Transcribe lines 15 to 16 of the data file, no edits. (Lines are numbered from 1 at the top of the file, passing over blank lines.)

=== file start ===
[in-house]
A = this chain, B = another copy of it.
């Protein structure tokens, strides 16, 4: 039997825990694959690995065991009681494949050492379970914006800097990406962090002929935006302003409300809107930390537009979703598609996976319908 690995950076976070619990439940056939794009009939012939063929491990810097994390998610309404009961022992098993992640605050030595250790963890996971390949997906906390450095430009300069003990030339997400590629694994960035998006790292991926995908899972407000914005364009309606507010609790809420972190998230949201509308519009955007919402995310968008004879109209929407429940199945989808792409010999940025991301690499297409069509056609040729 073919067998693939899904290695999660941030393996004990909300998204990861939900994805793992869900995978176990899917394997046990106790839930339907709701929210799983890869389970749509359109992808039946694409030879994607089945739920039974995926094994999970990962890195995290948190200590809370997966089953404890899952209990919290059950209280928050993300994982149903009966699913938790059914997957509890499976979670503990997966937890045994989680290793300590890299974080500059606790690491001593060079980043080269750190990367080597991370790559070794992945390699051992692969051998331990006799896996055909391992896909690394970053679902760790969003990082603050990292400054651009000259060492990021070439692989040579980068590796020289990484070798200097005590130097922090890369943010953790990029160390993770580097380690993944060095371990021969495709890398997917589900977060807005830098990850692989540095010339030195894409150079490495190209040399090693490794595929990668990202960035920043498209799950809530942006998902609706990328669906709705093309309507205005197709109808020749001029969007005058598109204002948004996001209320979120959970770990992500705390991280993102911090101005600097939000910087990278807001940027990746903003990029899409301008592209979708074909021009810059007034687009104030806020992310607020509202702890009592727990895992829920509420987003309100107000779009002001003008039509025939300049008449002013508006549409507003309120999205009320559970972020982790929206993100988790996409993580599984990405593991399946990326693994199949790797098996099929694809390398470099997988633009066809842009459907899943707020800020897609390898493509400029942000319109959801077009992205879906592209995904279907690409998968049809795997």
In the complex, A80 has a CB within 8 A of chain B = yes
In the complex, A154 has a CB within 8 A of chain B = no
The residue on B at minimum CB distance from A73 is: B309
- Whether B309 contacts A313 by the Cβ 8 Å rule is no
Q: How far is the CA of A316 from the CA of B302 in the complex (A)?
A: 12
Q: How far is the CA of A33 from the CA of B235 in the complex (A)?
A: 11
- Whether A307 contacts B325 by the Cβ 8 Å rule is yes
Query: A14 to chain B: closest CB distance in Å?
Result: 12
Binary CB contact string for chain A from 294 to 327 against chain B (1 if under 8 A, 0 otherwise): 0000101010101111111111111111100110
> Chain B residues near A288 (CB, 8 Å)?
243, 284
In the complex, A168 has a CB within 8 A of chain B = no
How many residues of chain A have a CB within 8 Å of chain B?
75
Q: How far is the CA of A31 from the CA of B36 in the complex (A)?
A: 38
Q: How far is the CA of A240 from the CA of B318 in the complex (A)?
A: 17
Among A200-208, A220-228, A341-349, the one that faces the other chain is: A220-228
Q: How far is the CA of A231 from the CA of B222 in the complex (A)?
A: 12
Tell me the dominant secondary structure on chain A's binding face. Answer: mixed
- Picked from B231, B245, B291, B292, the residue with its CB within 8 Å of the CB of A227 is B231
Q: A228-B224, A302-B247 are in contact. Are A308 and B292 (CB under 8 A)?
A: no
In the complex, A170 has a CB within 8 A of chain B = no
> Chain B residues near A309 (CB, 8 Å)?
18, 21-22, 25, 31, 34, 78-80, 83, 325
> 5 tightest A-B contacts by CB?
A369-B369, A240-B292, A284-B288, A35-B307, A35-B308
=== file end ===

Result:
Binary CB contact string for chain A from 294 to 327 against chain B (1 if under 8 A, 0 otherwise): 0000101010101111111111111111100110
> Chain B residues near A288 (CB, 8 Å)?